A teenager and self-described white  supremacist made journal entries about a plot to bomb classmates three days  after the Sandy Hook school massacre and began building homemade explosives, a  sheriff said.

Derek Shrout, 17, is  charged with attempted  assault after authorities say he planned to bomb fellow students at Russell  County High  School in Alabama.

Russell County Sheriff Heath Taylor said on  Monday that he believed the shooting at Sandy Hook Elementary was a factor  because the first date in the boy’s journal describing the plan was December 17  – three days after the Connecticut killings.

Sheriff Taylor said the boy told  investigators that he is a white supremacist and five of the six students he  named in his journal are black. The journal was found by a teacher, who turned  it over to authorities.

A search of Shrout’s home found several small  tobacco cans and two large cans, all with holes drilled in them and containing  pellets, according to authorities.

Taylor said all they needed were black powder  and fuses to become explosives. The journal also allegedly mentioned using  firearms. The sheriff said Shrout’s father owned a few household weapons, such  as a hunting rifle, a shotgun and a handgun.

The sheriff said: ‘He just talks about some  students, he specifically named six students and one faculty member and he  talked about weapons and the amounts of ammunition for each weapon that he would  use if he attacked the school.’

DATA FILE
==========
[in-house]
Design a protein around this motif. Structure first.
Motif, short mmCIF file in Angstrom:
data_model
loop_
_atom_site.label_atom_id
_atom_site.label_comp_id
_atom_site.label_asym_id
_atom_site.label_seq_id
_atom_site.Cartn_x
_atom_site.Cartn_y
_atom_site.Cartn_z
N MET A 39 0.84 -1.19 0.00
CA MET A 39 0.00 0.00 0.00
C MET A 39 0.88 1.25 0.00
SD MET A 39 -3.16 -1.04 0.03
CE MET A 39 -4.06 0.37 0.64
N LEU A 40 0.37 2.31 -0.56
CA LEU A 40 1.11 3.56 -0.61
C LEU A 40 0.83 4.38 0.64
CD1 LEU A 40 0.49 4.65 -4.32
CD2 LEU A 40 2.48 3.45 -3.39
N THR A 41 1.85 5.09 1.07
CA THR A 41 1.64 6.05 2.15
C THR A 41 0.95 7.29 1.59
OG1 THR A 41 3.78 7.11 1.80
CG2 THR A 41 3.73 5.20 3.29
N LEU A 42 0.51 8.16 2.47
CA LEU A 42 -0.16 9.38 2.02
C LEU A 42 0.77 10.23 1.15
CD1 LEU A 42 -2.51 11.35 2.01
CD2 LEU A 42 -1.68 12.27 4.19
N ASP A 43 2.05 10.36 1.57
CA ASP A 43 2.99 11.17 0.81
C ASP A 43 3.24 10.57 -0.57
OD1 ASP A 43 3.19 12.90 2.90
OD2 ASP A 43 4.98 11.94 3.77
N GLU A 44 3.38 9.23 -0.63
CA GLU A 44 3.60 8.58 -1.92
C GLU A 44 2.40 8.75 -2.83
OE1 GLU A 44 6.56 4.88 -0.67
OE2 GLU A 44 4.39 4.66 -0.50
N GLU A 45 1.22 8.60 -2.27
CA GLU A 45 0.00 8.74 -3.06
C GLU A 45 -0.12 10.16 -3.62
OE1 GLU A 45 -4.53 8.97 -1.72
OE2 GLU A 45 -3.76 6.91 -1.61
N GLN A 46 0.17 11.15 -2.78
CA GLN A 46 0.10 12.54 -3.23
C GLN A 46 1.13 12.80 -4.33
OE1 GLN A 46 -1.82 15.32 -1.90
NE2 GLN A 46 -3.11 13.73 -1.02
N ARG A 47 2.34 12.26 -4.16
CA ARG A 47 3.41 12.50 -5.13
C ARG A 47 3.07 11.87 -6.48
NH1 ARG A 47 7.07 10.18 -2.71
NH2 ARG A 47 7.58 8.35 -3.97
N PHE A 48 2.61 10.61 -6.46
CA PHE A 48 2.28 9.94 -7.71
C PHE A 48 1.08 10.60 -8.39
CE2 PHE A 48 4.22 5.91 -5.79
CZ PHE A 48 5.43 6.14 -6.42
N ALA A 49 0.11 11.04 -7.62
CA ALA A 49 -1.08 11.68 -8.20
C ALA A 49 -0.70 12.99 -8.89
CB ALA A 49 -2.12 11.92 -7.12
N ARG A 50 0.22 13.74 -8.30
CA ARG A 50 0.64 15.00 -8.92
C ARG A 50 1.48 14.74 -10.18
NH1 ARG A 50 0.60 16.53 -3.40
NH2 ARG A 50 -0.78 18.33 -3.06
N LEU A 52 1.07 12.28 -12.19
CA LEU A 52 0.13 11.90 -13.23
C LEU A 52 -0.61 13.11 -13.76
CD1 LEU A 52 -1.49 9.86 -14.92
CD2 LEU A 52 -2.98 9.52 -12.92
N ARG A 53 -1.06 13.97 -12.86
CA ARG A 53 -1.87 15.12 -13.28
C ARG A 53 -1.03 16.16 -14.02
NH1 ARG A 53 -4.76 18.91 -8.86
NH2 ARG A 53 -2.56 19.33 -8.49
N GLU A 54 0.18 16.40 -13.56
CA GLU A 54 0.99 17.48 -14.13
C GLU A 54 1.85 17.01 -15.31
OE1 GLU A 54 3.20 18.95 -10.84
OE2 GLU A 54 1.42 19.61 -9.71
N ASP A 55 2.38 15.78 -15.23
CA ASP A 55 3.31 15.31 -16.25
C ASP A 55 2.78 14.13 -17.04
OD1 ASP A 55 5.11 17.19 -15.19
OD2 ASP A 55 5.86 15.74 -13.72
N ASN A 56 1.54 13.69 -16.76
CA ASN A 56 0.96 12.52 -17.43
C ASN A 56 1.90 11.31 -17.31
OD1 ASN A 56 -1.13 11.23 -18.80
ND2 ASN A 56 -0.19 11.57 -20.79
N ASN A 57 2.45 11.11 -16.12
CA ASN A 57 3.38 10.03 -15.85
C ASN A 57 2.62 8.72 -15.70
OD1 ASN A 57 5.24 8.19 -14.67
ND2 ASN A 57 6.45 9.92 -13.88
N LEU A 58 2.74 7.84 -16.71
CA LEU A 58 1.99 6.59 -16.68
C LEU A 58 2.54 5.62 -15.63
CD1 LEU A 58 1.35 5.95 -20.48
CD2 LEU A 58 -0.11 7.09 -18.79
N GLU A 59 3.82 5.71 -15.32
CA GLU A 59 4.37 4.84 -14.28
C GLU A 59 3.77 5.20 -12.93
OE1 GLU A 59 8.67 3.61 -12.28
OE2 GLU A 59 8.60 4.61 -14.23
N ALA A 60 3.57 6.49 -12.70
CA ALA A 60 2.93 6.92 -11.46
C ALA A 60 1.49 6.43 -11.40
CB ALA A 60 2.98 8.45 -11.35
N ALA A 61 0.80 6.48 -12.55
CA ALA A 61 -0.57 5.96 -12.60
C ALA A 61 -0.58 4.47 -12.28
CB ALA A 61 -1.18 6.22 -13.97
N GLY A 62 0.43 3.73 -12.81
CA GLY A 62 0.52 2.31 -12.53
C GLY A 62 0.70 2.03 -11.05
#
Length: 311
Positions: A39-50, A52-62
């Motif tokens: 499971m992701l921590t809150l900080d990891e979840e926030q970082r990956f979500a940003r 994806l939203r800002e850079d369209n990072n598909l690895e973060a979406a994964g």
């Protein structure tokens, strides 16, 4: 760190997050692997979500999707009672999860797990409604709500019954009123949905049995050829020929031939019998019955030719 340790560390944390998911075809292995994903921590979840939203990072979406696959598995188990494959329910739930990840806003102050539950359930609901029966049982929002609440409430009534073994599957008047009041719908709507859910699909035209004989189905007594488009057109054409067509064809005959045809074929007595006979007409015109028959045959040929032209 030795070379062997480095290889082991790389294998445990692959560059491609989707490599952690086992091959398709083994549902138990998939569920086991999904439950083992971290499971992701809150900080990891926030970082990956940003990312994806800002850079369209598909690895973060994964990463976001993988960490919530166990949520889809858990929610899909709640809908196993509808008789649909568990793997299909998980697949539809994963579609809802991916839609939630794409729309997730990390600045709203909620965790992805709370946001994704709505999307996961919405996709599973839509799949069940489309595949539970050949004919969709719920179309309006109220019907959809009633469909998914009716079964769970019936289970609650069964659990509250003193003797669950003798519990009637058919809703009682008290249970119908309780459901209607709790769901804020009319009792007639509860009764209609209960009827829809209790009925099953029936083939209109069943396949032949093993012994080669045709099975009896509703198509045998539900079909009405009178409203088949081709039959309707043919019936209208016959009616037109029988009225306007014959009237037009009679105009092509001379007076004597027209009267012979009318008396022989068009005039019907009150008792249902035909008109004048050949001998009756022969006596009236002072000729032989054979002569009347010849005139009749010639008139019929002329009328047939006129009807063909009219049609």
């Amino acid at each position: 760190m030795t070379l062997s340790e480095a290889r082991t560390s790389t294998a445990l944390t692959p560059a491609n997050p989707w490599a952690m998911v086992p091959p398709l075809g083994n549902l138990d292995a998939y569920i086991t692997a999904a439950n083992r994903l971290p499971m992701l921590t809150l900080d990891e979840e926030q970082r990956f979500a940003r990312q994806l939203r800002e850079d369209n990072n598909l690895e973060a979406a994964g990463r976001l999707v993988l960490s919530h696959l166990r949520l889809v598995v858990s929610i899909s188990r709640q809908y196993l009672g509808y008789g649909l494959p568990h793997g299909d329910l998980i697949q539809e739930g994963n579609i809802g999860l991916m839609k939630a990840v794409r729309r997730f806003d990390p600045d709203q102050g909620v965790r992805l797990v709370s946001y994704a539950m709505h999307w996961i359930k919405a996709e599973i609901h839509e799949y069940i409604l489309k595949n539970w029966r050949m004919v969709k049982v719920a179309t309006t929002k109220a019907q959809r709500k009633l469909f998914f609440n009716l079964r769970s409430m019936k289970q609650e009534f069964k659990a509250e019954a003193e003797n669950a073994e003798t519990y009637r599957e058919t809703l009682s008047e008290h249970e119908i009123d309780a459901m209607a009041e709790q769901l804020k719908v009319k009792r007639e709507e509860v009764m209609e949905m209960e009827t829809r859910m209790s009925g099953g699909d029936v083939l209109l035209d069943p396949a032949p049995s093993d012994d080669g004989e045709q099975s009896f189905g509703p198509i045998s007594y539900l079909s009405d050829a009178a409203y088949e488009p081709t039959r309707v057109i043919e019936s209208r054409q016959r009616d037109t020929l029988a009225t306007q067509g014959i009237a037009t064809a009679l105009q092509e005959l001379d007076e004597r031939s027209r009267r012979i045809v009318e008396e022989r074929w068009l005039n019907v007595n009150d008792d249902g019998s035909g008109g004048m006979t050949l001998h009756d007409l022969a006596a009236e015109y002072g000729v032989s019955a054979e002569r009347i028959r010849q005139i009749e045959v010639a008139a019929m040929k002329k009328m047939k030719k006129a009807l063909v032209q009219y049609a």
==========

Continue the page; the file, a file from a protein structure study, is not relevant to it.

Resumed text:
The sheriff said he didn’t believe the teen’s  initial claim that the journal was a work of fiction.

‘When you go to his house and you start  finding the actual devices that he talked about being made, no, it’s not fiction anymore,’ Taylor said.

‘Those devices were – all they needed  was  the black powder and the fuse – he had put a lot of time and thought into  that.’

The teen, who is thin and wears glasses, said  little during an initial court appearance on Monday. District Judge David  Johnson set bond at $75,000 before the teen’s family posted bond on Monday night  and he was released.

The judge ordered Shrout not to contact  anyone at his school, students or teachers, and not to use the Internet without  parental supervision. He also must wear an ankle monitoring device.

His attorney, Jeremy Armstrong, declined to  discuss specifics of the case, but he did say that the talk of the case he has  heard so far was ‘blown a little out of proportion’.

‘Our position is that our client had no  intention to harm anybody,’ he said.

Some of Shrout’s classmates confirmed his  interest in white supremacy. David Kelly, the senior class president, told  WTVM-TV that he was Shrout’s battalion commander in JROTC.

‘At first through JROTC, he was confident,  well-rounded, but as time went by, he was doing the whole white power thing,’  Kelly told the station.


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